Spoiler warning: This post will discuss details from the most recent episode of Mad Men, "The Milk and Honey Route," along with additional references to past episodes in the series.
There's an entire country out there full of people watching Mad Men, and we're all thinking to ourselves, Jesus, that's it, that's what I'm afraid of. Dying alone.
From the opening credits, the shadow man falls upside down, kicking his legs against gravity. On the way south, he sheds his house, his family, his apartment, his career, even his car, as if the loss of these things might make him--us--lighter. Maybe the fall won't be so fast. Maybe we'll change shape, from a wrecking ball to a blue chiffon dress, and just float float float into an easy rest.
The show works wonders hiding Don's tumbling death in the costume of the American Dream. Because the American Dream--we know because we hack away at it every day--celebrates the go-it-alone cowboy and you can't be a cowboy, not really, if you're packed into a city full of suckers. You need a place that's wide open, where a man can fix things and break things in broad daylight. You need a place like Kansas.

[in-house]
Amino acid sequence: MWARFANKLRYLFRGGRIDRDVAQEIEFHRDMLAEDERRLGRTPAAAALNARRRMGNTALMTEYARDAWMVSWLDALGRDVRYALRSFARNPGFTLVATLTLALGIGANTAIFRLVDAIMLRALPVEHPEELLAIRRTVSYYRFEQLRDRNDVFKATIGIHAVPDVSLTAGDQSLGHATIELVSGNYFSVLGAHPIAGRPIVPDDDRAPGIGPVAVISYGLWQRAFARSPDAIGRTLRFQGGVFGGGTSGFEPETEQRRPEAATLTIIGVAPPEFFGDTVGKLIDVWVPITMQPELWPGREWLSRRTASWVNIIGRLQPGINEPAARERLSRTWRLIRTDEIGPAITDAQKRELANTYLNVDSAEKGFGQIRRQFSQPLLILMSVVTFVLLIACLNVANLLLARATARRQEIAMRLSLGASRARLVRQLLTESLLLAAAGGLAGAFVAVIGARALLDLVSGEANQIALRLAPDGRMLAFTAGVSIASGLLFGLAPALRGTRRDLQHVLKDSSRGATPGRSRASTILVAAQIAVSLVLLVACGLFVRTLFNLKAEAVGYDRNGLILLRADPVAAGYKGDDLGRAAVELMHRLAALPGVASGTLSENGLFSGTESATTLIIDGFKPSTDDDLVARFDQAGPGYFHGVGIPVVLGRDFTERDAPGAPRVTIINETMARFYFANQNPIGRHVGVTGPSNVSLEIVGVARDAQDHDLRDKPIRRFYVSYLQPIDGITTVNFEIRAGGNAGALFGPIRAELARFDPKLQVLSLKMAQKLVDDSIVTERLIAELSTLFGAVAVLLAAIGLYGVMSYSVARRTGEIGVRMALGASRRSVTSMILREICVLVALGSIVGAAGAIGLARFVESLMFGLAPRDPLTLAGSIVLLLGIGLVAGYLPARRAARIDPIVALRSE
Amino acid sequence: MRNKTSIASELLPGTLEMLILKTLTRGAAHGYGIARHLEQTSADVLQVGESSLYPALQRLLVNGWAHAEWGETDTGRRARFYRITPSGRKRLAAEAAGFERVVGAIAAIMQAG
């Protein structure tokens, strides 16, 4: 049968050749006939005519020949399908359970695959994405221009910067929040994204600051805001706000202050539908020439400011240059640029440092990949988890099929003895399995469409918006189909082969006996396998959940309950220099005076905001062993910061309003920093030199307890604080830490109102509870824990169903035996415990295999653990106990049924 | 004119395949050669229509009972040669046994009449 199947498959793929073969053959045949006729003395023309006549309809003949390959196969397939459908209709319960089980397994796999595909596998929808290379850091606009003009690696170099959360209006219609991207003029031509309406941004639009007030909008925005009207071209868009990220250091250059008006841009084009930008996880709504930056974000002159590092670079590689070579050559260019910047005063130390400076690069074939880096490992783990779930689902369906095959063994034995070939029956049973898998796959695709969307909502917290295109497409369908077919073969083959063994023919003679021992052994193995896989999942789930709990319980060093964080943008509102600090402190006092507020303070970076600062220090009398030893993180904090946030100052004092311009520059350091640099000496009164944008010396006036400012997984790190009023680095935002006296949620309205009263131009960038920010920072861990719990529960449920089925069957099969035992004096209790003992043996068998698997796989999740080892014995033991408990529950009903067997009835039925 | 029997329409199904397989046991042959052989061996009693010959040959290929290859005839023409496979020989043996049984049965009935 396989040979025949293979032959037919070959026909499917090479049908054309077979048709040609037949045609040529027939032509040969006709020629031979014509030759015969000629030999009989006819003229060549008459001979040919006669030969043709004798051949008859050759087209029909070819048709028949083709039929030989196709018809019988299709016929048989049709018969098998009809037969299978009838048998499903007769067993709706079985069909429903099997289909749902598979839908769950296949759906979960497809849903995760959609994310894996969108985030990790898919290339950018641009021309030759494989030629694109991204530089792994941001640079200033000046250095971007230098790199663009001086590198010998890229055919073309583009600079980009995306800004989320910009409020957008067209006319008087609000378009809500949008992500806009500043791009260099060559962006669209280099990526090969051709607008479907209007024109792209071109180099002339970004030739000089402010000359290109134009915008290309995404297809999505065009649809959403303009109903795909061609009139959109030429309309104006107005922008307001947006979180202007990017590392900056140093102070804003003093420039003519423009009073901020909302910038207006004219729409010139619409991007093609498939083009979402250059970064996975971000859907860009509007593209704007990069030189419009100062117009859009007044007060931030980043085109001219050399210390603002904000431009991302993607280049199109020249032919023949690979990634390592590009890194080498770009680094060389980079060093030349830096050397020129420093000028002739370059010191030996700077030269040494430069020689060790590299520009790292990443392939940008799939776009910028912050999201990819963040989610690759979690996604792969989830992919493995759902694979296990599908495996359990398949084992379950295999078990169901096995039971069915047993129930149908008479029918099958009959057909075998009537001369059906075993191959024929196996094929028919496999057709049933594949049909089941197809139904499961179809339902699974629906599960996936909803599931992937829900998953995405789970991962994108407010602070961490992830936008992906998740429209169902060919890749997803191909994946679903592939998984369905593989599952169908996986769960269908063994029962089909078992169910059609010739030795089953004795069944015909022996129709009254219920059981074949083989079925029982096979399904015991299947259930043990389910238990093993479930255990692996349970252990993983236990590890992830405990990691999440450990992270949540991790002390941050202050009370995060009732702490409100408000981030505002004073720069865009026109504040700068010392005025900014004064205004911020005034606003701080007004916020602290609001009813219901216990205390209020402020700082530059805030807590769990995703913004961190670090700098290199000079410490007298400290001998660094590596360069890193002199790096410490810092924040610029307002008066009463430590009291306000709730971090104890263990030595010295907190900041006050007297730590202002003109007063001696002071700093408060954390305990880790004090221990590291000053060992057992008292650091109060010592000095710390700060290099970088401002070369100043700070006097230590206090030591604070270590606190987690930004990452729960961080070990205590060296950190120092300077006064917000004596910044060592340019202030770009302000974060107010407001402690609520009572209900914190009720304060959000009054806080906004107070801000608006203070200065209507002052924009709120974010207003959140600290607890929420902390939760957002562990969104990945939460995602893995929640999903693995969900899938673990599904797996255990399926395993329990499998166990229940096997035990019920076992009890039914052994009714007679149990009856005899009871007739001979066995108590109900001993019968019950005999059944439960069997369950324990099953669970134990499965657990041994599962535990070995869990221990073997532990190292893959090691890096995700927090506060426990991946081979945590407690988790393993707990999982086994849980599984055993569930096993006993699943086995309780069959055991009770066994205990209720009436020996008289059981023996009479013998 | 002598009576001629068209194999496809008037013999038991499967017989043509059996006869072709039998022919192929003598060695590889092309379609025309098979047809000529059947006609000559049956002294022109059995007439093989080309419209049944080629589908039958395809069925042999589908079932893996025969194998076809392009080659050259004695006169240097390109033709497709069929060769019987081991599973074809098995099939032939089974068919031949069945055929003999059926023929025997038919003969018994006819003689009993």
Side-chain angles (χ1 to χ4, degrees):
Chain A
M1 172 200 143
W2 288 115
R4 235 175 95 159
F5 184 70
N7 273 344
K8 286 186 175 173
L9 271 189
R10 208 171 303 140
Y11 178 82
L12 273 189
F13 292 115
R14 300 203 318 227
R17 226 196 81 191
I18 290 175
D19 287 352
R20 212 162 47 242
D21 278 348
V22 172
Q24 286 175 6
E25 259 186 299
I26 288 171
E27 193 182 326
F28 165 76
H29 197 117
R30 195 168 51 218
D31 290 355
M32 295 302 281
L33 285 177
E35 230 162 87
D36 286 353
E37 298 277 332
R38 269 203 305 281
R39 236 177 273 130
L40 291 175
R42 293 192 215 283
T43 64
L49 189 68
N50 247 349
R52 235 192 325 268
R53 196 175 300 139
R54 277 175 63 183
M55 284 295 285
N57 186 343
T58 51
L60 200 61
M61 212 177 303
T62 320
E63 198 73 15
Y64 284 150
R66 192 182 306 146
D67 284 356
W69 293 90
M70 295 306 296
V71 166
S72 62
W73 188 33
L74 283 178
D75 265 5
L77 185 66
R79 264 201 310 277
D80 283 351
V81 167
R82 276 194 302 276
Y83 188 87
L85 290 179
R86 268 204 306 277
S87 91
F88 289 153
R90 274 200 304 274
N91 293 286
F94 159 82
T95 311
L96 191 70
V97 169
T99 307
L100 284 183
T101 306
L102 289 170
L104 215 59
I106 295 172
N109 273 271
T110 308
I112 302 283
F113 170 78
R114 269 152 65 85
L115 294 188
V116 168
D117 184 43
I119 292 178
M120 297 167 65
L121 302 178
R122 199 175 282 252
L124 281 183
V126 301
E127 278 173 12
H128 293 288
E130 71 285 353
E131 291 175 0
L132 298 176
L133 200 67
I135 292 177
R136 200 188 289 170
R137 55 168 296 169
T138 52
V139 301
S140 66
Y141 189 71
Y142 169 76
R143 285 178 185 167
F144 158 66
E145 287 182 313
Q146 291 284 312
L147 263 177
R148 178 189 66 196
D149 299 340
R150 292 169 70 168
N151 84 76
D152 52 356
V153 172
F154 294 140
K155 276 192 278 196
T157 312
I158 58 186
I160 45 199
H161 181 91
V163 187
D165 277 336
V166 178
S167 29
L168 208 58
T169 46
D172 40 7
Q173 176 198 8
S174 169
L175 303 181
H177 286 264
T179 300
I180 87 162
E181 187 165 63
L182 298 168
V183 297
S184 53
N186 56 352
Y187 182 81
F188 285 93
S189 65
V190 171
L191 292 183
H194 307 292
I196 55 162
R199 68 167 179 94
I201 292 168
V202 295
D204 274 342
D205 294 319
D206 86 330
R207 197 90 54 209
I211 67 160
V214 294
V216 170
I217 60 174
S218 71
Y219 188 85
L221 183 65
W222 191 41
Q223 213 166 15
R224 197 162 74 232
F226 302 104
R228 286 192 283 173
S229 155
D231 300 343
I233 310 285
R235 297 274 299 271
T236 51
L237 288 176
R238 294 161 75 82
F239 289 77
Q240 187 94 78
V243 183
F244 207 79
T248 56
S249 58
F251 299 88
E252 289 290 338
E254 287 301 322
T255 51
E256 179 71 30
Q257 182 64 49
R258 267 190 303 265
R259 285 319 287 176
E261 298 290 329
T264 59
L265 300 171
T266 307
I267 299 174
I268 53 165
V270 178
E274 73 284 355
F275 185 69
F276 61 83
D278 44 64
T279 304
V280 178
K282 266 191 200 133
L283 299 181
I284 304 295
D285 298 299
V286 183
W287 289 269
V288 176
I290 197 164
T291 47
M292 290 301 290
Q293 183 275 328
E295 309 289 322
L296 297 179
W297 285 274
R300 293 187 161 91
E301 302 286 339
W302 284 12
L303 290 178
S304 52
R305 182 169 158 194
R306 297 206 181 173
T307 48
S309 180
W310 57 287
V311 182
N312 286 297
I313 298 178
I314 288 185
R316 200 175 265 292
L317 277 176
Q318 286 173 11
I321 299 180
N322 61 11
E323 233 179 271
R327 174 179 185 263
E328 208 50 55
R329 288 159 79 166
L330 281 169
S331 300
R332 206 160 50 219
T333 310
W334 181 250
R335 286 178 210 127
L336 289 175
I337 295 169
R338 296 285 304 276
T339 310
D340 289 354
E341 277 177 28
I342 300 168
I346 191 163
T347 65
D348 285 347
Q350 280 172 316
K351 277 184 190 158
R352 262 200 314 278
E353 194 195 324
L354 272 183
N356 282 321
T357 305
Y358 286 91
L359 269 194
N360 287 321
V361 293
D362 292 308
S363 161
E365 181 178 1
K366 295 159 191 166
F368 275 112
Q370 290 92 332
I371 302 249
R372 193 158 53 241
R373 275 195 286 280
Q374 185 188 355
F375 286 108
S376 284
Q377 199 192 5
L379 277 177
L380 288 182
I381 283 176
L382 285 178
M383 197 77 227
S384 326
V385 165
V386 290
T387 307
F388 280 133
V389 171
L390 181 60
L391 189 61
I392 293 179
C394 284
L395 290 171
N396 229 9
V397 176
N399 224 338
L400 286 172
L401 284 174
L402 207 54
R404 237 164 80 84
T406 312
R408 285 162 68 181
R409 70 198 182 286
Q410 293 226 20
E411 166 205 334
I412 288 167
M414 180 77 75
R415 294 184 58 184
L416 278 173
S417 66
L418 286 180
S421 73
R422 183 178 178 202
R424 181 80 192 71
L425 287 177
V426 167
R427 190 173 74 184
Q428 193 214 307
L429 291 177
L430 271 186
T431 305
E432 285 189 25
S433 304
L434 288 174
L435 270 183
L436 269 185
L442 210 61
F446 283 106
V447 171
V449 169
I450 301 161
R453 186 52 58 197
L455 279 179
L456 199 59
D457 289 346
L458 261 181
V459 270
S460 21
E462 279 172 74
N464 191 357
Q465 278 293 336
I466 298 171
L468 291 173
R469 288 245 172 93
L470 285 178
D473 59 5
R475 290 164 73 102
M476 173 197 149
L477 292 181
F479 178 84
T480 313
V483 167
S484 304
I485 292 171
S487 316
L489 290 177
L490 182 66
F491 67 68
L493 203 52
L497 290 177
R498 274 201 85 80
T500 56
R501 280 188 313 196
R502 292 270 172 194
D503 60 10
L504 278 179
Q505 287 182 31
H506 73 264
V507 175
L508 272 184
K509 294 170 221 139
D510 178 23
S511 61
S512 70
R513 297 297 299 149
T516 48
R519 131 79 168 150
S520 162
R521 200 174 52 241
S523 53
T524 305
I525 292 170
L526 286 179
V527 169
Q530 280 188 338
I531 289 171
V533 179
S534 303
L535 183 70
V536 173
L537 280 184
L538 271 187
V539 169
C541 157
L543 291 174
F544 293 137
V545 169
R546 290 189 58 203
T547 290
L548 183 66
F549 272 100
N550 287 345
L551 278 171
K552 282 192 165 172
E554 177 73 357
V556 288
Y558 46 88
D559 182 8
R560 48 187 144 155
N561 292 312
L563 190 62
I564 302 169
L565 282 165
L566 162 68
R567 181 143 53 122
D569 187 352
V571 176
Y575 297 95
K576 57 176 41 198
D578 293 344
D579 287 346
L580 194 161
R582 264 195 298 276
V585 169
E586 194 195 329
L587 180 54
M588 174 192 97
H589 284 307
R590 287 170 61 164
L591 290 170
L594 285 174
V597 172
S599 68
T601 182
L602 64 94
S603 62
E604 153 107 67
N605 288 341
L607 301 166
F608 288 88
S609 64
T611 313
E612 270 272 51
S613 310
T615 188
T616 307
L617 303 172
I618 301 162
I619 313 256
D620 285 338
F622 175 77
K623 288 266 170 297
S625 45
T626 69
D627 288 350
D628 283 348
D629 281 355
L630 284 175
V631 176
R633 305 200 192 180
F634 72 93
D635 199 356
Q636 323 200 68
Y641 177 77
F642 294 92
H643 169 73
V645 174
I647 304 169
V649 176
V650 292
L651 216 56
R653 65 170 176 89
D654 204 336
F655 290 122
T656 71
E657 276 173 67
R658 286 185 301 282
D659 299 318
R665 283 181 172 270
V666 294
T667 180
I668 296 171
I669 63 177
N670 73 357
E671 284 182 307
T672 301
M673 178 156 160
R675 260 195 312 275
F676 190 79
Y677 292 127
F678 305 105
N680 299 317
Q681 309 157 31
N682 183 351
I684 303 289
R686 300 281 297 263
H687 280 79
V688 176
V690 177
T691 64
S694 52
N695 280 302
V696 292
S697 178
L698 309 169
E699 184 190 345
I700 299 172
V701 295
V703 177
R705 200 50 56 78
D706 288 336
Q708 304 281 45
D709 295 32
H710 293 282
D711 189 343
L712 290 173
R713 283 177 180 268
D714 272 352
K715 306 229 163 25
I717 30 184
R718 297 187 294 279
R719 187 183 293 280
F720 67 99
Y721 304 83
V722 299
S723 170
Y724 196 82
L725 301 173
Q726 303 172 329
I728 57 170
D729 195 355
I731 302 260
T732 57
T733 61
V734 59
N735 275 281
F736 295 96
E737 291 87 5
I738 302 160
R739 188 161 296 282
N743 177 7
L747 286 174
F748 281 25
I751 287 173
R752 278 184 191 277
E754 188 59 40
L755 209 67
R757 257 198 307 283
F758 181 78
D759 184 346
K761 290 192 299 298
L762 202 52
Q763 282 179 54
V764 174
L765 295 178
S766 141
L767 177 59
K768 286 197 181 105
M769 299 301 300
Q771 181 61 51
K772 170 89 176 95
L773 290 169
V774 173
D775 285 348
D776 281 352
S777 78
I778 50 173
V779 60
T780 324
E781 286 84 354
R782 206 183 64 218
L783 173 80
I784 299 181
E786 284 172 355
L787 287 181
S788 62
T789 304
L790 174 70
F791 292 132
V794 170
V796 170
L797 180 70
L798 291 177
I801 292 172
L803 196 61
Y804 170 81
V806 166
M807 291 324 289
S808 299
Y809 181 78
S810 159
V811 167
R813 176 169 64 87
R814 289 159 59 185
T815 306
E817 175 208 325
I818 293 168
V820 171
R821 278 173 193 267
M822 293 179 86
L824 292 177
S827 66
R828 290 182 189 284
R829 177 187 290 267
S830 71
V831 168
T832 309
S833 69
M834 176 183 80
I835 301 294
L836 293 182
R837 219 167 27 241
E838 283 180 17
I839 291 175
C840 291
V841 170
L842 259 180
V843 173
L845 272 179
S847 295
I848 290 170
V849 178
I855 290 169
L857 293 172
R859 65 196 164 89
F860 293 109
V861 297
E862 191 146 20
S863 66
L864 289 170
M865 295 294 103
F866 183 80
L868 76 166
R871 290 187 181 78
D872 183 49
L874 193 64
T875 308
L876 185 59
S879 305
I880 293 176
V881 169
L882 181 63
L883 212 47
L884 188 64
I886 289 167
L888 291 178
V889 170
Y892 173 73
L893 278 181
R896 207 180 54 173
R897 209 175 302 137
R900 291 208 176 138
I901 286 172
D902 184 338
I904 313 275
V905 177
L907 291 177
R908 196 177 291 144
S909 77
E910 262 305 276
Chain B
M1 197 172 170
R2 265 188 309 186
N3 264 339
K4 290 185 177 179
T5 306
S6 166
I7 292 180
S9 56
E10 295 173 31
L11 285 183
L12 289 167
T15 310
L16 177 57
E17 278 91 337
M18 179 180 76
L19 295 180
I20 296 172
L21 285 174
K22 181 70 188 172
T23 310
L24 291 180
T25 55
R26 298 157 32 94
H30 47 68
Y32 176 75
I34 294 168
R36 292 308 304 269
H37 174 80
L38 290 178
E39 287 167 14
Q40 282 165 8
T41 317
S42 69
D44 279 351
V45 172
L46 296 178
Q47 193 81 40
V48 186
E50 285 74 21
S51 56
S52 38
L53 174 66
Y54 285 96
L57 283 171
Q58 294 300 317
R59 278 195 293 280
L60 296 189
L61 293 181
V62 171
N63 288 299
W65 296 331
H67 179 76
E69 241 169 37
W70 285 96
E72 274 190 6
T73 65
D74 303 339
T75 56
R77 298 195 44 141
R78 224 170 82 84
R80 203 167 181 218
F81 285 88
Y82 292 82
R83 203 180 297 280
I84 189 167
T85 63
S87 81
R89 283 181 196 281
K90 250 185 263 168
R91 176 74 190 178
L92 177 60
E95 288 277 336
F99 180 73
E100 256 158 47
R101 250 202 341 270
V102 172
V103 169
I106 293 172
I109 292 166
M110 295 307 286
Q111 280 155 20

But maybe Don isn't dying. Maybe the tolling bell that attends Betty's death-march up the steps of Fairfield University really does toll for her alone. So in that case we have two deaths--Don Draper's figurative death from the world and Betty's literal one, from sucking on them cancer sticks. Who can blame her? They're toasted.
I wonder how many viewers out there are like me, and employ the experience of viewing Mad Men as an excuse to pour a decent glass of whiskey and sit by myself in darkness. The train rumbles clickety-clak through the station across the street from our house. I could put down this whiskey, pick up my wallet, and be in mid-Pennsylvania by morning. And all the neighbors would still see both cars in the driveway, but then word would spread. I don't understand, they'd say, where did he go?
Don't waste this, Don tells the young confidence man after tossing him the keys to his Caddy. And so we come back to the enduring fantasy of Mad Men. That it's never too late, that we haven't wasted this, whatever the living of this is.
Sitting in my dark living room, I imagine myself slipping on a pair of sunglasses. Then I'm out there on the rails, falling west toward California, a shadow man running down the milk & honey route, covering my ears whenever I hear them church bells.